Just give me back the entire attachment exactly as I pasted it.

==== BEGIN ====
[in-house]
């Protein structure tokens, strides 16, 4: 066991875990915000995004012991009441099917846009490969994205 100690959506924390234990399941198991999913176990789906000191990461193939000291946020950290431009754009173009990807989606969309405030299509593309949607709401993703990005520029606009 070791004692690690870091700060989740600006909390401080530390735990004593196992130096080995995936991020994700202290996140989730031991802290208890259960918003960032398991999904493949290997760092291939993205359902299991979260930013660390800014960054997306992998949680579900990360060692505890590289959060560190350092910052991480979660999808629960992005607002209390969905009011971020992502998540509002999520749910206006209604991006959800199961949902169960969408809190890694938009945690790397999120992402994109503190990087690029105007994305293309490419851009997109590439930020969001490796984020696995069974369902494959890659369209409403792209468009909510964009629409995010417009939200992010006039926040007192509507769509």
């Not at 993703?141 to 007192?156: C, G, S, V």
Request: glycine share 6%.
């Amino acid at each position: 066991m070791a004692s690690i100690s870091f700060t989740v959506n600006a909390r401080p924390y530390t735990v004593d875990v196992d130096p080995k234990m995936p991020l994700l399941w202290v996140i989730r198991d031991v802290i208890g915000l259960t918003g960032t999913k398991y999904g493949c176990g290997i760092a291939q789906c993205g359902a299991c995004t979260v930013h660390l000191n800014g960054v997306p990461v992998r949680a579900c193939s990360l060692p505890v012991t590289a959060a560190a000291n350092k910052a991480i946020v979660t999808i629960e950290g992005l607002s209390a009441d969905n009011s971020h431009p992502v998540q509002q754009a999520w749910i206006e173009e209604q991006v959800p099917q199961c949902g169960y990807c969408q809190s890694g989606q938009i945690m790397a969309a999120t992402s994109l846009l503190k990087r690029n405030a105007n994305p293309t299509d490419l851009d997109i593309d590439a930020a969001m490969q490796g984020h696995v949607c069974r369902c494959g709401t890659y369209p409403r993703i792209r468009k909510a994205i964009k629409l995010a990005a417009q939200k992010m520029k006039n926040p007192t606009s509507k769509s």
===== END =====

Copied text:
[in-house]
């Protein structure tokens, strides 16, 4: 066991875990915000995004012991009441099917846009490969994205 100690959506924390234990399941198991999913176990789906000191990461193939000291946020950290431009754009173009990807989606969309405030299509593309949607709401993703990005520029606009 070791004692690690870091700060989740600006909390401080530390735990004593196992130096080995995936991020994700202290996140989730031991802290208890259960918003960032398991999904493949290997760092291939993205359902299991979260930013660390800014960054997306992998949680579900990360060692505890590289959060560190350092910052991480979660999808629960992005607002209390969905009011971020992502998540509002999520749910206006209604991006959800199961949902169960969408809190890694938009945690790397999120992402994109503190990087690029105007994305293309490419851009997109590439930020969001490796984020696995069974369902494959890659369209409403792209468009909510964009629409995010417009939200992010006039926040007192509507769509």
């Not at 993703?141 to 007192?156: C, G, S, V």
Request: glycine share 6%.
């Amino acid at each position: 066991m070791a004692s690690i100690s870091f700060t989740v959506n600006a909390r401080p924390y530390t735990v004593d875990v196992d130096p080995k234990m995936p991020l994700l399941w202290v996140i989730r198991d031991v802290i208890g915000l259960t918003g960032t999913k398991y999904g493949c176990g290997i760092a291939q789906c993205g359902a299991c995004t979260v930013h660390l000191n800014g960054v997306p990461v992998r949680a579900c193939s990360l060692p505890v012991t590289a959060a560190a000291n350092k910052a991480i946020v979660t999808i629960e950290g992005l607002s209390a009441d969905n009011s971020h431009p992502v998540q509002q754009a999520w749910i206006e173009e209604q991006v959800p099917q199961c949902g169960y990807c969408q809190s890694g989606q938009i945690m790397a969309a999120t992402s994109l846009l503190k990087r690029n405030a105007n994305p293309t299509d490419l851009d997109i593309d590439a930020a969001m490969q490796g984020h696995v949607c069974r369902c494959g709401t890659y369209p409403r993703i792209r468009k909510a994205i964009k629409l995010a990005a417009q939200k992010m520029k006039n926040p007192t606009s509507k769509s």